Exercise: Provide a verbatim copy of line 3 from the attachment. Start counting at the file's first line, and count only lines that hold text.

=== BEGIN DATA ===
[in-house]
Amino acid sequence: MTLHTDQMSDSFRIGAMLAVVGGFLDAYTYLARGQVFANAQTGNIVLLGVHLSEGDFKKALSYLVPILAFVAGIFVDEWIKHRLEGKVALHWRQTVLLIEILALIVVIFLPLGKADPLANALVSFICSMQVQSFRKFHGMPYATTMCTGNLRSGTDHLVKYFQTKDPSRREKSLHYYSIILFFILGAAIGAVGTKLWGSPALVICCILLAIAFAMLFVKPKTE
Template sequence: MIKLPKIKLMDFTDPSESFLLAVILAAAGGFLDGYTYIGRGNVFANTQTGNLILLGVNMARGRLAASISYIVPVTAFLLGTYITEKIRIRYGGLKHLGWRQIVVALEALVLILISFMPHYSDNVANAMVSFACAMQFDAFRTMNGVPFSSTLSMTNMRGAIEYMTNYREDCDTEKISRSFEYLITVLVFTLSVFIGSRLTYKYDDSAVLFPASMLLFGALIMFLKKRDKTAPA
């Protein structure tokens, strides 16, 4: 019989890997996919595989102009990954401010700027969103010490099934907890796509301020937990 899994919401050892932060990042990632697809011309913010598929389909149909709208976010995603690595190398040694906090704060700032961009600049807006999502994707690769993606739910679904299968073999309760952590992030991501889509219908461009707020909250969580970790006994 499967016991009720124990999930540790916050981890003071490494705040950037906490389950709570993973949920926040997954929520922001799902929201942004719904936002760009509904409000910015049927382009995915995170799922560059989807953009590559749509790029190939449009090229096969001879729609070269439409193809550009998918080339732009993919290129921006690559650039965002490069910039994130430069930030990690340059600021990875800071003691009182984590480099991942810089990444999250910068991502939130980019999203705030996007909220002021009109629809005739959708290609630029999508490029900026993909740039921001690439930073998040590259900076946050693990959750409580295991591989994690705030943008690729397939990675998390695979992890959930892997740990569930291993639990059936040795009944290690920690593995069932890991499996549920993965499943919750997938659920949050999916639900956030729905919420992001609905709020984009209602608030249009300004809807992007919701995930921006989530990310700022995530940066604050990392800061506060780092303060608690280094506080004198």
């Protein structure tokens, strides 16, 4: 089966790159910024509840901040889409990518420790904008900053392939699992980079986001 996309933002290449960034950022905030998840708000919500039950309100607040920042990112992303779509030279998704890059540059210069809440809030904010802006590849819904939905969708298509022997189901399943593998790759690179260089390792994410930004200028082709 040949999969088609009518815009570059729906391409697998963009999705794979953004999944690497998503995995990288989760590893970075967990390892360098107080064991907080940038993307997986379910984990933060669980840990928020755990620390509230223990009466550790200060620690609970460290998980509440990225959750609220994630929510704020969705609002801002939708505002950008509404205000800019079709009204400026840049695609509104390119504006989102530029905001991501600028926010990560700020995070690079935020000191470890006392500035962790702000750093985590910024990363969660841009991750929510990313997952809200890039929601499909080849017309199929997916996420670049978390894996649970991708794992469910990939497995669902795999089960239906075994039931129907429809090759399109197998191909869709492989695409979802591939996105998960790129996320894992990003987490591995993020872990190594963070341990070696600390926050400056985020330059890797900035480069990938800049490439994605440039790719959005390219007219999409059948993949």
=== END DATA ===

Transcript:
Template sequence: MIKLPKIKLMDFTDPSESFLLAVILAAAGGFLDGYTYIGRGNVFANTQTGNLILLGVNMARGRLAASISYIVPVTAFLLGTYITEKIRIRYGGLKHLGWRQIVVALEALVLILISFMPHYSDNVANAMVSFACAMQFDAFRTMNGVPFSSTLSMTNMRGAIEYMTNYREDCDTEKISRSFEYLITVLVFTLSVFIGSRLTYKYDDSAVLFPASMLLFGALIMFLKKRDKTAPA